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Volunteers plant 40 trees at Virginia Lake Park


Photo: Trevor Bexon

Reno’s ReLEAF effort on Saturday, Oct. 19 drew about 50 community volunteers for a tree planting at Virginia Lake Park. ReLEAF Reno, a city-sponsored program, is aimed at increasing the overall canopy of trees within the city while also protecting the current canopy. A total of 40 trees were planted by volunteers.

Through ReLEAF Reno, the city has held two tree planting events annually for the past three years focused around the timeframes of Arbor Day and Shade Tree Week.

The current tree canopy covers 5.2 percent of the city, and ReLEAF Reno has a goal to increase it to 10 percent coverage.

According to the ReLEAF Reno website, the benefits of having trees within city limits include: removing carbon dioxide from the air, filtering air pollutants, reducing stormwater run-off, recharging groundwater, providing shade, cutting costs for heating and cooling, increasing property values, boosting business and tourism, and contributing to physical, mental, and social well-being.

The ReLEAF Reno project focused on planting trees that will add reds and oranges to the fall canopy at Virginia Lake Park. Photo: Trevor Bexon

Reno’s Vice Mayor Naomi Duerr kicked off the morning with a background discussion of ReLEAF Reno before planting began.

“Trees have a natural lifespan and many of the trees here were planted in the late 1800s and early 1900s, so some of those trees are reaching their lifespan of 100-125 years. The trees we are planting today will provide benefits for 100-plus years. To get to the 10 percent coverage, we will need to plant trees in both public and private spaces,” Duerr said.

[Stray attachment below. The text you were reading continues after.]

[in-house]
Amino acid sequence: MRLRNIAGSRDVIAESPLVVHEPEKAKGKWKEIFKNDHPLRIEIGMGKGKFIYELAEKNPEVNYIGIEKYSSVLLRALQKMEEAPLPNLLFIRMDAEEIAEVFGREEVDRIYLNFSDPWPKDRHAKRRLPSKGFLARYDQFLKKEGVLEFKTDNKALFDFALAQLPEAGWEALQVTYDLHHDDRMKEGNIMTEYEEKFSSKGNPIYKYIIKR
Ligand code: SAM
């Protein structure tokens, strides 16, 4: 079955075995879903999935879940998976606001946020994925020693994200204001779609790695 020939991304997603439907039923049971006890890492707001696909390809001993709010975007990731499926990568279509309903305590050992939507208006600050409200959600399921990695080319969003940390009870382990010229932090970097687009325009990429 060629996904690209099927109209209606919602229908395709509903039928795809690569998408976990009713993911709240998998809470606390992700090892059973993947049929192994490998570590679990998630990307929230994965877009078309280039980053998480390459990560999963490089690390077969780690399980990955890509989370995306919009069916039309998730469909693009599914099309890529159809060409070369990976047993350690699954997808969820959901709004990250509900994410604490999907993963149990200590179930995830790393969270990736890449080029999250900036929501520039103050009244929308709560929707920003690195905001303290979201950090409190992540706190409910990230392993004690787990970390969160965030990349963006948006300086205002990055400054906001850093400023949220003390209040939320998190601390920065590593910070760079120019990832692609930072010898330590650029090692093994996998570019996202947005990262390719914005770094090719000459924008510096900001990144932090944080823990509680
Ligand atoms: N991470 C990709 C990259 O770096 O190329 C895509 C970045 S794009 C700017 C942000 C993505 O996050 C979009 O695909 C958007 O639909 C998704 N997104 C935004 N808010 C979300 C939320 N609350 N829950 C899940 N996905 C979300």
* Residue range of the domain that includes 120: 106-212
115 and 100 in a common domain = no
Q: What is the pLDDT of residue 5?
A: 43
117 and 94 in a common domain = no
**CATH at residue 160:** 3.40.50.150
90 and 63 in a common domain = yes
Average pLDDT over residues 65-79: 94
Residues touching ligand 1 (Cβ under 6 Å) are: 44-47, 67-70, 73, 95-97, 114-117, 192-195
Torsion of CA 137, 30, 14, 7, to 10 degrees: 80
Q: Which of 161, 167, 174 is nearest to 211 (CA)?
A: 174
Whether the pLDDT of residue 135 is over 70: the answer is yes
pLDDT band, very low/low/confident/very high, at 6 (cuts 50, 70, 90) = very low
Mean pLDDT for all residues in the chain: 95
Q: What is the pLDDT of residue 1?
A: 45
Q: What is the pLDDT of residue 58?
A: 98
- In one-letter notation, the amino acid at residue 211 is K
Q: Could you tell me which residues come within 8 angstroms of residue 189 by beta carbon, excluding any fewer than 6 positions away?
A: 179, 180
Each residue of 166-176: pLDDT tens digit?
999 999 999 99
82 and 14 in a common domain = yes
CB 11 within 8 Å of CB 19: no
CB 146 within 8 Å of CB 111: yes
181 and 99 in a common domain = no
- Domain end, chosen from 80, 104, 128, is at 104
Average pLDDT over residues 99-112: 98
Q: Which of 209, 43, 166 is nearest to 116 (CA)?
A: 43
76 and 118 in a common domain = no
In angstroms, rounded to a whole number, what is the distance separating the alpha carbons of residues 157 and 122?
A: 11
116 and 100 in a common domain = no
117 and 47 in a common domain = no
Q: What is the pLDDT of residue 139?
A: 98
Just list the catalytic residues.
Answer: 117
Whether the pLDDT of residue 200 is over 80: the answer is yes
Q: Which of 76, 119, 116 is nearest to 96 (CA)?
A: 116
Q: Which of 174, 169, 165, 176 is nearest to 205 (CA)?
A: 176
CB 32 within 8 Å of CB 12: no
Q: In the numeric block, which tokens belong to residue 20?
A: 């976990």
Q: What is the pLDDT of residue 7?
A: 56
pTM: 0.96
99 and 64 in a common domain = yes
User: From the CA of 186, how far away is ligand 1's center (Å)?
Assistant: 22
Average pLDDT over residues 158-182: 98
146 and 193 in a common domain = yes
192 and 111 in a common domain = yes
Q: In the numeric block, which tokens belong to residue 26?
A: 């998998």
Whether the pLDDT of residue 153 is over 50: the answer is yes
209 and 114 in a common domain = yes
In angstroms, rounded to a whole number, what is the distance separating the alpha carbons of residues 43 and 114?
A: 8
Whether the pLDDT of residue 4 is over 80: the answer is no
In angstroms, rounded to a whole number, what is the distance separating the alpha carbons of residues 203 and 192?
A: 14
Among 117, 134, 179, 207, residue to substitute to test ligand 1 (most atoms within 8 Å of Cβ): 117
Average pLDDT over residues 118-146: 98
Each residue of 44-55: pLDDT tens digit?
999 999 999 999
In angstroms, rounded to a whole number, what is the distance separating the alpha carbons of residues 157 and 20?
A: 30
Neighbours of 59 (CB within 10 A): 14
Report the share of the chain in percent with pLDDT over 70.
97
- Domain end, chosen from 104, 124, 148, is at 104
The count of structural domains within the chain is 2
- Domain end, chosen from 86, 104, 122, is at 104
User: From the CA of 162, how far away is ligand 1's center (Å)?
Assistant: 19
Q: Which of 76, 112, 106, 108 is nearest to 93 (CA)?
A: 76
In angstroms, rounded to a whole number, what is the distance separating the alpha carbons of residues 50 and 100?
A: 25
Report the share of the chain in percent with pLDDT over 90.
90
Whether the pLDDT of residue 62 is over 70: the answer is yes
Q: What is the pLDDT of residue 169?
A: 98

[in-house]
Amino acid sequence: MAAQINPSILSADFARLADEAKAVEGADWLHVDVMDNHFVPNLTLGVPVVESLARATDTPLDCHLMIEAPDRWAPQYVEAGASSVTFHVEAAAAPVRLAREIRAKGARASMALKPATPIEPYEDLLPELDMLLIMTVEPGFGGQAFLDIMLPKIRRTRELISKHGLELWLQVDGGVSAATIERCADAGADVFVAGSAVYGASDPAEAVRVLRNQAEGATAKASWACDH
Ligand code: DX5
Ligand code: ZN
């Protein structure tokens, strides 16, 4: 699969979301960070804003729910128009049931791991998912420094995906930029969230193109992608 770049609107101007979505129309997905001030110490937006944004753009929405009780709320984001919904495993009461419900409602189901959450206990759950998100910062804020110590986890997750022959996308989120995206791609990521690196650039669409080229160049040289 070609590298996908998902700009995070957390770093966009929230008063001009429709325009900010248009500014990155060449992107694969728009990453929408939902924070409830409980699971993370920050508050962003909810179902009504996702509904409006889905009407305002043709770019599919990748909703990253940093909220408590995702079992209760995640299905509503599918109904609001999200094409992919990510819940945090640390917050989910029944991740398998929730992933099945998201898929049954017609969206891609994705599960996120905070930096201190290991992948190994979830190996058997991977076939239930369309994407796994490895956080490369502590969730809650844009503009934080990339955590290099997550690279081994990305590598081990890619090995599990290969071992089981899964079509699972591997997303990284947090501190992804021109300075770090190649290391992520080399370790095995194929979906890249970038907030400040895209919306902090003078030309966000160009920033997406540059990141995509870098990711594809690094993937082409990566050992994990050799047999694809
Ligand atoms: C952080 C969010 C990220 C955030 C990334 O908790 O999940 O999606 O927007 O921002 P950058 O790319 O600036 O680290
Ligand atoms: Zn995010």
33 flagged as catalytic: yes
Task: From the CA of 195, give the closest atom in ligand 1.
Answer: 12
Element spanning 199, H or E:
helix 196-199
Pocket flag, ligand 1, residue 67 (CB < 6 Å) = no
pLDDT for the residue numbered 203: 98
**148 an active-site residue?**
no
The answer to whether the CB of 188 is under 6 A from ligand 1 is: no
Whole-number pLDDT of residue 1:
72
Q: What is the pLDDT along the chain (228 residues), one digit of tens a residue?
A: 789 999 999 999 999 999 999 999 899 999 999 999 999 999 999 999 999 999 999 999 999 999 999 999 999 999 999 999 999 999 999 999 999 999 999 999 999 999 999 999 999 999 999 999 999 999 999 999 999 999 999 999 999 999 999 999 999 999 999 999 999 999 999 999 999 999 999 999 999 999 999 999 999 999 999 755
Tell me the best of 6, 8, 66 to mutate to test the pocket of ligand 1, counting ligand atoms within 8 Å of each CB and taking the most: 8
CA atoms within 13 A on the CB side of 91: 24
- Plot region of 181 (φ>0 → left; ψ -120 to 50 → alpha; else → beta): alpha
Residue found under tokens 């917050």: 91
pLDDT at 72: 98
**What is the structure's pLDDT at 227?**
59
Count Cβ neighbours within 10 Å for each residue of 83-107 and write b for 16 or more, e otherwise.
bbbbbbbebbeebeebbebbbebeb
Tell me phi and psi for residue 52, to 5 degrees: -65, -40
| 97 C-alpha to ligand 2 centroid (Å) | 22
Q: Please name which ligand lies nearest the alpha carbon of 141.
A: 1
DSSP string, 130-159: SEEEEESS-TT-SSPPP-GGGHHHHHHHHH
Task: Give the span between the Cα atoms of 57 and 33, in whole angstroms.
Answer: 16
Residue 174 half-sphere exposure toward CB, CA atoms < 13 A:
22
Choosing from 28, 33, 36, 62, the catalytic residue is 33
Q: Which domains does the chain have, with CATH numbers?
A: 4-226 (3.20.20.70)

“We want to have a mix of trees in the park, and currently you can see a lot of evergreens and yellow autumn leaves, so today we are focusing on trees with fall colors of red and orange to add a very colorful component to this park.”

Duerr added that one of ReLEAF Reno’s goals is an education for residents that want to plant a tree. Saturday’s half-hour lesson included on how to plant a tree and properly set up irrigation, how much water to use, the importance of mulch, and how to obtain trees to plant.

The City of Reno recently provided up to 200 trees at a discounted price to residents, allowing for a more affordable option to plant larger trees on private spaces.

Chip Drop was mentioned as an organization that provides free mulch and residents are encouraged to utilize this service.

Residents can contact the City of Reno to inquire about memorial trees for events such as births or deaths.

Three ways to help the City of Reno achieve its canopy goals:

  1. Donate to the City’s ReLEAF program which will plant and care for new trees with donations.
  2. Maintain the health of street trees and trees on your property through proper watering and care.
  3. Plant a new tree on your property and provide watering and care to keep trees healthy and flourishing.

Visit the ReLEAF Reno online for more information: https://www.reno.gov/government/departments/parks-recreation-community-services/urban-forestry/releaf-reno

Trevor Bexon
Trevor Bexonhttps://www.trevorbexon.com/
Trevor Bexon has lived in Reno, Nevada since 2004. He believes Northern Nevada has a unique story that he hopes to share with others while leaving a visual history for future study.